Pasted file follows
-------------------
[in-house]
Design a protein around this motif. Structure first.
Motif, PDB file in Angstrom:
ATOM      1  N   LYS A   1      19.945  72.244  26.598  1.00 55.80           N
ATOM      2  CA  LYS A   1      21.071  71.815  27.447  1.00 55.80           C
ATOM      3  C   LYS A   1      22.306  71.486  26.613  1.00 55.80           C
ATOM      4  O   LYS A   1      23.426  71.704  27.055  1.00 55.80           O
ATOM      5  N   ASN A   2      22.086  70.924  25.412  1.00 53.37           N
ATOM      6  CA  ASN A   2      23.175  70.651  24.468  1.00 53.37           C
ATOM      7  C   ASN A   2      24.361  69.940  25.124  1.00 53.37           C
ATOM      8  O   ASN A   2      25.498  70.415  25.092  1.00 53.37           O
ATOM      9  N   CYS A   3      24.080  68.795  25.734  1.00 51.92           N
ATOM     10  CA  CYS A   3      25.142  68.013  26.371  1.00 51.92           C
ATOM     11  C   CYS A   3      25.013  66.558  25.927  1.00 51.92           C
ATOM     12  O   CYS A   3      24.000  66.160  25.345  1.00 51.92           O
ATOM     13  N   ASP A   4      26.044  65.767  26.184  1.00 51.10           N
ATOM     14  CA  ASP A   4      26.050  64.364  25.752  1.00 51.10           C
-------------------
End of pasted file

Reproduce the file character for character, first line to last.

[in-house]
Design a protein around this motif. Structure first.
Motif, PDB file in Angstrom:
ATOM      1  N   LYS A   1      19.945  72.244  26.598  1.00 55.80           N
ATOM      2  CA  LYS A   1      21.071  71.815  27.447  1.00 55.80           C
ATOM      3  C   LYS A   1      22.306  71.486  26.613  1.00 55.80           C
ATOM      4  O   LYS A   1      23.426  71.704  27.055  1.00 55.80           O
ATOM      5  N   ASN A   2      22.086  70.924  25.412  1.00 53.37           N
ATOM      6  CA  ASN A   2      23.175  70.651  24.468  1.00 53.37           C
ATOM      7  C   ASN A   2      24.361  69.940  25.124  1.00 53.37           C
ATOM      8  O   ASN A   2      25.498  70.415  25.092  1.00 53.37           O
ATOM      9  N   CYS A   3      24.080  68.795  25.734  1.00 51.92           N
ATOM     10  CA  CYS A   3      25.142  68.013  26.371  1.00 51.92           C
ATOM     11  C   CYS A   3      25.013  66.558  25.927  1.00 51.92           C
ATOM     12  O   CYS A   3      24.000  66.160  25.345  1.00 51.92           O
ATOM     13  N   ASP A   4      26.044  65.767  26.184  1.00 51.10           N
ATOM     14  CA  ASP A   4      26.050  64.364  25.752  1.00 51.10           C